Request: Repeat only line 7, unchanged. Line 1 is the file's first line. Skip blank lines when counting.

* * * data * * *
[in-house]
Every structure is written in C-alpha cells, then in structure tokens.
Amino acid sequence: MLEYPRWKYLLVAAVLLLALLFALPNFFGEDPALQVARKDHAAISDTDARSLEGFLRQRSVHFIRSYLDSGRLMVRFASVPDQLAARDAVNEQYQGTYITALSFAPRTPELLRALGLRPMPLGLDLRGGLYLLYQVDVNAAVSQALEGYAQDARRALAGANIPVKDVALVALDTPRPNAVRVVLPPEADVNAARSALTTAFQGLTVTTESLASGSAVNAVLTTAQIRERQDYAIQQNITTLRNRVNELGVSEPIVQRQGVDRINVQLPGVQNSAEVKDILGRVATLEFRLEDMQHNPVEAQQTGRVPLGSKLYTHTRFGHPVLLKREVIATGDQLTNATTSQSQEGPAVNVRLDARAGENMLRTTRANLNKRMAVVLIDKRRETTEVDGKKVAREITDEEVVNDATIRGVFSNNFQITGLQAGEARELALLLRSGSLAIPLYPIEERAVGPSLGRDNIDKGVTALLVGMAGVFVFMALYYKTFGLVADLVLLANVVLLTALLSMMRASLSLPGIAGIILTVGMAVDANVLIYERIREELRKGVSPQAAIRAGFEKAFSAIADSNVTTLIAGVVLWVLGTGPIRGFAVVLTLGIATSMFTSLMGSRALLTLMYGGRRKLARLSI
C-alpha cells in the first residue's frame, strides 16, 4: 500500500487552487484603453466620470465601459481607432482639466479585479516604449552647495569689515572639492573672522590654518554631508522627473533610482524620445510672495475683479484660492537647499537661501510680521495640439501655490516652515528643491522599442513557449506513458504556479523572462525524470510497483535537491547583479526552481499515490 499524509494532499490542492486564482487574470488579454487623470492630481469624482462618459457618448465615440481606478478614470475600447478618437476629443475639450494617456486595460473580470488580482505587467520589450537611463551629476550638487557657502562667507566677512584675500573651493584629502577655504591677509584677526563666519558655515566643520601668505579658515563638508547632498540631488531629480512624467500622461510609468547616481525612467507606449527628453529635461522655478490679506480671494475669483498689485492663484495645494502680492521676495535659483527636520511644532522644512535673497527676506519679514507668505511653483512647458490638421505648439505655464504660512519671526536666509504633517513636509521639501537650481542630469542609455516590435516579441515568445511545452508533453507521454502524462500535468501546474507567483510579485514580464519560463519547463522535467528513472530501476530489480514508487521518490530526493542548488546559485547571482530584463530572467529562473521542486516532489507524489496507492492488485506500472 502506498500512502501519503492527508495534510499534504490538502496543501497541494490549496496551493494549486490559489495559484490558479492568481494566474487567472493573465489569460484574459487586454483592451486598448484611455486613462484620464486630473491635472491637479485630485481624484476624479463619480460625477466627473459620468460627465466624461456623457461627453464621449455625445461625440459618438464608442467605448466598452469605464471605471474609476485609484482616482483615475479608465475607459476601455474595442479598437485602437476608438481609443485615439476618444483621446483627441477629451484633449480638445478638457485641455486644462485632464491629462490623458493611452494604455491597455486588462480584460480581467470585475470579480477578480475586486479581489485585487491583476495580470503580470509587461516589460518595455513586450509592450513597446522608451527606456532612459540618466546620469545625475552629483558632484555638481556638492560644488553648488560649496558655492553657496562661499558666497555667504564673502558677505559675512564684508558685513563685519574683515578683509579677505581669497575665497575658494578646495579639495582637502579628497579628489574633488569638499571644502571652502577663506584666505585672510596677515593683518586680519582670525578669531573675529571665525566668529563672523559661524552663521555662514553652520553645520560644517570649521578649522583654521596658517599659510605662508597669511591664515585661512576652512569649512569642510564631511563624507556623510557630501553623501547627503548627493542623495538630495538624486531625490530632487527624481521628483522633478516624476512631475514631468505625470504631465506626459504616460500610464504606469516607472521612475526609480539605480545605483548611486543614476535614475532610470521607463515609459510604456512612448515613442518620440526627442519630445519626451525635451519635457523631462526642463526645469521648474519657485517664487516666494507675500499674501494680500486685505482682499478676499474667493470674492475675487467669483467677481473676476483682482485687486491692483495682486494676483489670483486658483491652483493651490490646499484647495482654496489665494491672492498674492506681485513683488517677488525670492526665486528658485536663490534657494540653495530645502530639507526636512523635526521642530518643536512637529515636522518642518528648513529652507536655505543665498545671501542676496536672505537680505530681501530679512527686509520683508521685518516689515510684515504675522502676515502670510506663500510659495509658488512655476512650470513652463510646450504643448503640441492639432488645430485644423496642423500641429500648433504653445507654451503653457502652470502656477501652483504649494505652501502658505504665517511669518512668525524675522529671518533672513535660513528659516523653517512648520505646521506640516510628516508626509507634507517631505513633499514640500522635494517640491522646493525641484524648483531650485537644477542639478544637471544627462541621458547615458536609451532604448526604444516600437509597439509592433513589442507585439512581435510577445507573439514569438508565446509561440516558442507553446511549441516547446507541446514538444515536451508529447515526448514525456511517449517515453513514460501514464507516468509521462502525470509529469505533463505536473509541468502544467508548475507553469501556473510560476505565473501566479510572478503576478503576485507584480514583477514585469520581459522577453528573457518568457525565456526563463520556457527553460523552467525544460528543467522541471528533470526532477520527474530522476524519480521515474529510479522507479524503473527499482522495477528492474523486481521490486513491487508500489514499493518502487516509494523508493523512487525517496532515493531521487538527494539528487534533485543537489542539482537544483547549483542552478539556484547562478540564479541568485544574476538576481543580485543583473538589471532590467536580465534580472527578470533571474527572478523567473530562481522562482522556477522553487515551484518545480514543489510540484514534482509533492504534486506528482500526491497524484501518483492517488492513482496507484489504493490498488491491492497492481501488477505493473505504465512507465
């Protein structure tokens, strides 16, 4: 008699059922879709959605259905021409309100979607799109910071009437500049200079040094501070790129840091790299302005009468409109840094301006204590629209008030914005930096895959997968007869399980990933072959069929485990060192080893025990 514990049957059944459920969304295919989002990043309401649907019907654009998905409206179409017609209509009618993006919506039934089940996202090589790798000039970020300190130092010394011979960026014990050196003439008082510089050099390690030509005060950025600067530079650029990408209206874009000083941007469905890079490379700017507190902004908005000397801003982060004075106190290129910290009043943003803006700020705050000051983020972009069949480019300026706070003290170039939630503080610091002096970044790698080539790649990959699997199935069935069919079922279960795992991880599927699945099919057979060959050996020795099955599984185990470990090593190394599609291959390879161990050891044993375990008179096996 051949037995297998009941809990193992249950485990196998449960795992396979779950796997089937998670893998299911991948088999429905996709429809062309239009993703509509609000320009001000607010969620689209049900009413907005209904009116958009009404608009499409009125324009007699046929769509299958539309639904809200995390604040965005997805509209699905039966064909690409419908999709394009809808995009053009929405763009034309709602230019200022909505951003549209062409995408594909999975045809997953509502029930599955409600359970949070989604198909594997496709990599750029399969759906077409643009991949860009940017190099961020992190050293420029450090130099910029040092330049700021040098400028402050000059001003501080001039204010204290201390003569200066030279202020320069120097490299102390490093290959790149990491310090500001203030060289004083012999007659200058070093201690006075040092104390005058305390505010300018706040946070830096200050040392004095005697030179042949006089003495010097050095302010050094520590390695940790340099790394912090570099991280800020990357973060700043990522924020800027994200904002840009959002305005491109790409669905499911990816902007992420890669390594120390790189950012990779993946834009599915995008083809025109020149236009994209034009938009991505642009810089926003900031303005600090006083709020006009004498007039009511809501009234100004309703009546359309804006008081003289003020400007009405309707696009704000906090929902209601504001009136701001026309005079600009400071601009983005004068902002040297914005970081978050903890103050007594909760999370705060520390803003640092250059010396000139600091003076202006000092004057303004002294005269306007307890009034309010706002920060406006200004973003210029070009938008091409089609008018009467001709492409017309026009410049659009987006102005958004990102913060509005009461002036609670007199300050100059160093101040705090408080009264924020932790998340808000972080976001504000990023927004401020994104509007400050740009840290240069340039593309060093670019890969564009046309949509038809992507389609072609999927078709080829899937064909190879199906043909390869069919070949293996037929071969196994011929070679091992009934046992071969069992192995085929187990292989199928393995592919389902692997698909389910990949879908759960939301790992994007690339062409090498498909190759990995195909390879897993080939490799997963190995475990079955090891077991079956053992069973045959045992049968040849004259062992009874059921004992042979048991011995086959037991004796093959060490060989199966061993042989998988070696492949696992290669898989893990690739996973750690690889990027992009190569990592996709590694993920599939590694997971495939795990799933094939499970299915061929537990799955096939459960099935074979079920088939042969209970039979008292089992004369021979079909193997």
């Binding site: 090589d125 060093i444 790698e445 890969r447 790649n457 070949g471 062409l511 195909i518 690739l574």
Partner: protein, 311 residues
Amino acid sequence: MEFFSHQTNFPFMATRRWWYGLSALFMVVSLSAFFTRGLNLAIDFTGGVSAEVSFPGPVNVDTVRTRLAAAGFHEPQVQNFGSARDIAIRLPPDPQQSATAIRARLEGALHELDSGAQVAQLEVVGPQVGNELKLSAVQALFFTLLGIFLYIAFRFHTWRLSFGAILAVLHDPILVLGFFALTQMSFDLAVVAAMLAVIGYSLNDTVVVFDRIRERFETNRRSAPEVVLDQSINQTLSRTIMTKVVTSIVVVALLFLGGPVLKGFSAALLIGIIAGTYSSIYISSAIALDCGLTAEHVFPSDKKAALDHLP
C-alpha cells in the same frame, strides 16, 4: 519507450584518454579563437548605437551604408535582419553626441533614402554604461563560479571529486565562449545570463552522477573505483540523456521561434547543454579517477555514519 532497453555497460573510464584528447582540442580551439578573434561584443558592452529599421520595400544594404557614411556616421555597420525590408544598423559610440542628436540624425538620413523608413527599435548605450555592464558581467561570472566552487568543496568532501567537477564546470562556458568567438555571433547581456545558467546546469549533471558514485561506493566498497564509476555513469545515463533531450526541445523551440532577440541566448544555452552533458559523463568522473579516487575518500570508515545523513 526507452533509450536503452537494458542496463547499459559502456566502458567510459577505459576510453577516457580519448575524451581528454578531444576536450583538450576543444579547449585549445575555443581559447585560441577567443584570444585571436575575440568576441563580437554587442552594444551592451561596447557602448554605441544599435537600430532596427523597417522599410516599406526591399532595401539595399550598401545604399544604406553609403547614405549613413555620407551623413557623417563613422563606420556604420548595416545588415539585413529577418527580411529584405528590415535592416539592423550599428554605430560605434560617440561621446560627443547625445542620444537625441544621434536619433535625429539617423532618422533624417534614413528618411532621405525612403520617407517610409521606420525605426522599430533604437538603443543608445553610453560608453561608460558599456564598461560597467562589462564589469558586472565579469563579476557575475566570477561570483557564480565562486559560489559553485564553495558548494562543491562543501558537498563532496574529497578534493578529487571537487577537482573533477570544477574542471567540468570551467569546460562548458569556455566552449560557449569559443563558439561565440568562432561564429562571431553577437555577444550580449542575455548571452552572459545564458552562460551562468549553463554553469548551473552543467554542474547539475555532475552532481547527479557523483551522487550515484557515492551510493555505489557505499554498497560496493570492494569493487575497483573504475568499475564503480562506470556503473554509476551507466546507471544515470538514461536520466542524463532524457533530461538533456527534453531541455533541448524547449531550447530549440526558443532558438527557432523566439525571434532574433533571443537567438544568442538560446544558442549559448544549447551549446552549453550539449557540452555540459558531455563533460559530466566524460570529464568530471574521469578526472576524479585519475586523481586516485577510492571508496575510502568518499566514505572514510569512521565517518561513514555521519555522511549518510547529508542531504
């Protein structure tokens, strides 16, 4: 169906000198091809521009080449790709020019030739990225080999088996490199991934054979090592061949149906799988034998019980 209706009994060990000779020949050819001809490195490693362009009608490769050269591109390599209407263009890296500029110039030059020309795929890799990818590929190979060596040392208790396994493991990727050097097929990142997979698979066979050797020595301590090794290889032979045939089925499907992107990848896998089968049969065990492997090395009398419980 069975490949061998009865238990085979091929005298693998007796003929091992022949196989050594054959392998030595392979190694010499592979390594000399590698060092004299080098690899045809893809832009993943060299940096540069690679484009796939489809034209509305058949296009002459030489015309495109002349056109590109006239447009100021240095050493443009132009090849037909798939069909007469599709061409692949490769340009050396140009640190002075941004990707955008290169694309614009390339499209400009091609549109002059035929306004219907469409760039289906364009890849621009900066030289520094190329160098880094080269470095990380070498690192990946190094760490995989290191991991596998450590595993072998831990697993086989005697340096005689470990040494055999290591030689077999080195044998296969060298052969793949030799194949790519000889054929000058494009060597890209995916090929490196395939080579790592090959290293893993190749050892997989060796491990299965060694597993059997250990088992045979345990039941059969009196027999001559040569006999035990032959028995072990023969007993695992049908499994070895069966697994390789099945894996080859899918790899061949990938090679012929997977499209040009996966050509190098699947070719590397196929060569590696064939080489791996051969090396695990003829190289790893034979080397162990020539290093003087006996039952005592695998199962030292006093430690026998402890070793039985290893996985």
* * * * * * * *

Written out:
Partner: protein, 311 residues